Today’s Gospel is always read on the Second Sunday of Easter. It is the famous Gospel about Thomas not being present when Jesus first appeared.
When he hears reports that Jesus appeared to the apostles and to the women, his immediate response many interpret as doubt. He needs to see Jesus to believe; the others’ reports are not enough. I always point out that this is wrong. His response is not doubt, it is anger.
Thomas does not doubt, he refuses to believe and that is because Jesus should not have died on the cross if he truly was the Messiah. At least that is Thomas’ idea.
Thomas does not just come to believe that Jesus resurrected from the dead after seeing him and putting his finger in his hand and his hand in his side. He also comes to realize that his understanding of the Messiah was too small.
He had his image of who the Messiah should be and the minute Jesus did not match it, specifically when he died on the cross, then he stopped believing. The reference point of his understanding of the Messiah was himself.
Thomas learns that his understanding is wrong and that everything that the Messiah stood for in his own mind was wrong. Why? Because his thinking was too small.
Jesus surprises them with the resurrection appearing in his glorified body. He is showing the Apostles as he did throughout his ministry that they have to think in a new way. They have to realize that they need to expand their understanding and it can only be done with faith. Reason is important but faith and reason give a more accurate picture and allow us to give a more accurate response than just reason or faith alone.
Thomas was working on emotion and reason. Jesus died on the cross something that the messiah should never have done and he won’t believe in him until you prove he resurrected. This is Thomas’ way of thinking.
If his understanding of Jesus is too small then his way of thinking of Jesus’ mission is also too small. The apostles up until the resurrection were thinking politically as were the pharisees and the sanhedrin.
They thought Jesus’ mission was to overthrow the Roman occupiers and re-establish the kingdom in Jerusalem. They were thinking too small.
Now, what is it that Jesus does when he first appears? He breaths on them and gives them the power to forgive sin. This is key.
If the first thing Jesus does is give the apostles the power to forgive sins what is the mission of the Apostles—forgive sins. They are called to preach the Kingdom and lead people to repentance and conversion. That is the prime mission of the Church as well. Our prime mission is to lead people to understand sin and seek the truth in Christ so that they may turn from the deadly reality of sin and to the powerful reality of Christ who is life.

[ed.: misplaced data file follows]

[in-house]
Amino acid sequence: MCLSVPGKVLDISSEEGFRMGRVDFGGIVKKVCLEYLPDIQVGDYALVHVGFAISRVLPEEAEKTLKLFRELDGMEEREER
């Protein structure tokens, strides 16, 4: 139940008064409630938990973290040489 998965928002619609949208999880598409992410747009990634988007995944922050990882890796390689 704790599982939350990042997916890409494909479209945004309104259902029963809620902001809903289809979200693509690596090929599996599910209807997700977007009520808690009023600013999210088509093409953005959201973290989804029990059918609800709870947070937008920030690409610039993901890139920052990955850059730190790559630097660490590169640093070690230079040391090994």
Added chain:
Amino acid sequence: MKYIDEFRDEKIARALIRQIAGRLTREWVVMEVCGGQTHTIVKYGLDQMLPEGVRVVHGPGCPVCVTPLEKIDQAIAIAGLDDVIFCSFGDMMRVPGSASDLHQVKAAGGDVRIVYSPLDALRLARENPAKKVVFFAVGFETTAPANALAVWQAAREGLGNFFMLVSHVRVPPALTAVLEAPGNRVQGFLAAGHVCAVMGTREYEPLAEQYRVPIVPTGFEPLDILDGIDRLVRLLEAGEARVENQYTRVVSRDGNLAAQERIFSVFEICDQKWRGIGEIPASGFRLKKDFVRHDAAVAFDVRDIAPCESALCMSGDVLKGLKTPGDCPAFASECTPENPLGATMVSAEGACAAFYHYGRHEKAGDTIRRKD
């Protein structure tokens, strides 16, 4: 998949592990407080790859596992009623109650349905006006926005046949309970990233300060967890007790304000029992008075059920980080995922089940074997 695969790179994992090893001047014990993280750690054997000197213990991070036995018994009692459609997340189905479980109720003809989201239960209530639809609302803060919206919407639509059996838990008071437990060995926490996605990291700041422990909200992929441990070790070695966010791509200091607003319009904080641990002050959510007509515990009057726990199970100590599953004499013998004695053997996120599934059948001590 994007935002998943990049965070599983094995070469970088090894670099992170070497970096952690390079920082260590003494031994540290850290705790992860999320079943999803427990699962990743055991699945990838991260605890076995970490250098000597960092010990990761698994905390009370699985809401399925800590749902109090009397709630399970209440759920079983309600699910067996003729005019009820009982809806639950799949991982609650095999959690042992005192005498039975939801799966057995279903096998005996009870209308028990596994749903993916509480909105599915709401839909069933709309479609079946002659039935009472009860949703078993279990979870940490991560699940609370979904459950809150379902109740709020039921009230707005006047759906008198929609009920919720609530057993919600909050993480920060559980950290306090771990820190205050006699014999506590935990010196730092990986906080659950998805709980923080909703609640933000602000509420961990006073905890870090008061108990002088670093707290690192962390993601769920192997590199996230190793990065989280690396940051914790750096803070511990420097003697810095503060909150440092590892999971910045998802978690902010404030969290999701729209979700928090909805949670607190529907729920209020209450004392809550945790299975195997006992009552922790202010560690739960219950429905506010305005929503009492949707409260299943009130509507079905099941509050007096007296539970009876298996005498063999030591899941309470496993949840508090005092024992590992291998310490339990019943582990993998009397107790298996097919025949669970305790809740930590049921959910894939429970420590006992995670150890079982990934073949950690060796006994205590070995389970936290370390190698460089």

Everything else we do must be secondary to this prime message.
This is the message of all of us.
Why is that important? Look at it this way. In the Earthly way of thinking the Roman Empire prevented the Jews from flourishing, living in peace and becoming a mighty kingdom. So which force is more destructive to the Jews and in fact all of humanity—The might of the Roman Empire or sin? The answer is simple—sin.
The apostles are sent out to turn people from sin which is the most destructive force against humanity. It is even more destructive than the mighty power of the Roman Empire or for that matter the mighty power of the American military.
What was the cause of World War II? Give me all the political teachings you want, at the bottom of it was sin. That means that if you look at the most destructive force of the war—the nuclear bombs, they would not have even existed if it was not for sin. It is the most destructive force.
So when Jesus leads the apostles and eventually Thomas to understand that their prime mission was to convert people from their sins, this is a powerful mission. It is yours as well.
In fact, the Catechism of the Catholic Church (1120) teaches: The ordained ministry or ministerial priesthood is at the service of the baptismal priesthood. So who has the more powerful mission? You do because the ordained priesthood is all about bringing the sacraments to the baptismal priesthood so that the baptized can live the gospel and change hearts and souls in the marketplace.
What happens when the church is weak? Sin reigns. When the Church is strong Christ reigns. Strong does not mean politically strong. In fact, if we want to be politically strong we become spiritually weak. This is precisely why Jesus had to correct Thomas. The greatest threat to the children of God was not the Romans and their mighty military power, it was sin and still is.
Once Thomas believed and changed his understanding and his vision then he understood that greater mission which will be seen more after Pentecost.
Our prime mission is the saving of souls through conversion of sinners and that means to a whole new understanding of what it means to be human a being. It is an understanding taught through the Holy Spirit and given to us to change the world beginning with hearts, not politics.
Thomas never doubted, he was angry because he did not understand. Once he understood he embraced the mission of Christ and carried it out all the way to what is now called India.